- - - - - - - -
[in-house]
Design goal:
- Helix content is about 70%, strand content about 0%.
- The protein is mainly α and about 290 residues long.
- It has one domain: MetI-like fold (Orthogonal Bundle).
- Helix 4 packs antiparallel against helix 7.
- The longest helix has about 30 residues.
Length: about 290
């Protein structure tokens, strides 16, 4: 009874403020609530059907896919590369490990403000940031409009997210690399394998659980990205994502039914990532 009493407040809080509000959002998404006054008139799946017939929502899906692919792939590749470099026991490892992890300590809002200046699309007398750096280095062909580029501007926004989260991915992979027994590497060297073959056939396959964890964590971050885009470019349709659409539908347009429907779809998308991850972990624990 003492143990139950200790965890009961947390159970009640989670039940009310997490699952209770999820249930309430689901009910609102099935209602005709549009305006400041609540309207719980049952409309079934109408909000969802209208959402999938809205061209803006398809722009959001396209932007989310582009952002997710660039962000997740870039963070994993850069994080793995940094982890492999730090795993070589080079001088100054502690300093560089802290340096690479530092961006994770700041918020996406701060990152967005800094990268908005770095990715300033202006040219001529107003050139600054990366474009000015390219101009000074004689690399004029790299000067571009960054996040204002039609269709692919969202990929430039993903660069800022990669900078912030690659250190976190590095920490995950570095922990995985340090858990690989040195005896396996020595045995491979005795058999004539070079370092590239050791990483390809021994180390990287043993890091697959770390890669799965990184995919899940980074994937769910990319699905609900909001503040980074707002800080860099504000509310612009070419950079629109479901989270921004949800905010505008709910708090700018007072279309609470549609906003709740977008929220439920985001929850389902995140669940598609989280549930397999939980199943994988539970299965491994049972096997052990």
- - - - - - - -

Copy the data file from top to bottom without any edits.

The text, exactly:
[in-house]
Design goal:
- Helix content is about 70%, strand content about 0%.
- The protein is mainly α and about 290 residues long.
- It has one domain: MetI-like fold (Orthogonal Bundle).
- Helix 4 packs antiparallel against helix 7.
- The longest helix has about 30 residues.
Length: about 290
């Protein structure tokens, strides 16, 4: 009874403020609530059907896919590369490990403000940031409009997210690399394998659980990205994502039914990532 009493407040809080509000959002998404006054008139799946017939929502899906692919792939590749470099026991490892992890300590809002200046699309007398750096280095062909580029501007926004989260991915992979027994590497060297073959056939396959964890964590971050885009470019349709659409539908347009429907779809998308991850972990624990 003492143990139950200790965890009961947390159970009640989670039940009310997490699952209770999820249930309430689901009910609102099935209602005709549009305006400041609540309207719980049952409309079934109408909000969802209208959402999938809205061209803006398809722009959001396209932007989310582009952002997710660039962000997740870039963070994993850069994080793995940094982890492999730090795993070589080079001088100054502690300093560089802290340096690479530092961006994770700041918020996406701060990152967005800094990268908005770095990715300033202006040219001529107003050139600054990366474009000015390219101009000074004689690399004029790299000067571009960054996040204002039609269709692919969202990929430039993903660069800022990669900078912030690659250190976190590095920490995950570095922990995985340090858990690989040195005896396996020595045995491979005795058999004539070079370092590239050791990483390809021994180390990287043993890091697959770390890669799965990184995919899940980074994937769910990319699905609900909001503040980074707002800080860099504000509310612009070419950079629109479901989270921004949800905010505008709910708090700018007072279309609470549609906003709740977008929220439920985001929850389902995140669940598609989280549930397999939980199943994988539970299965491994049972096997052990």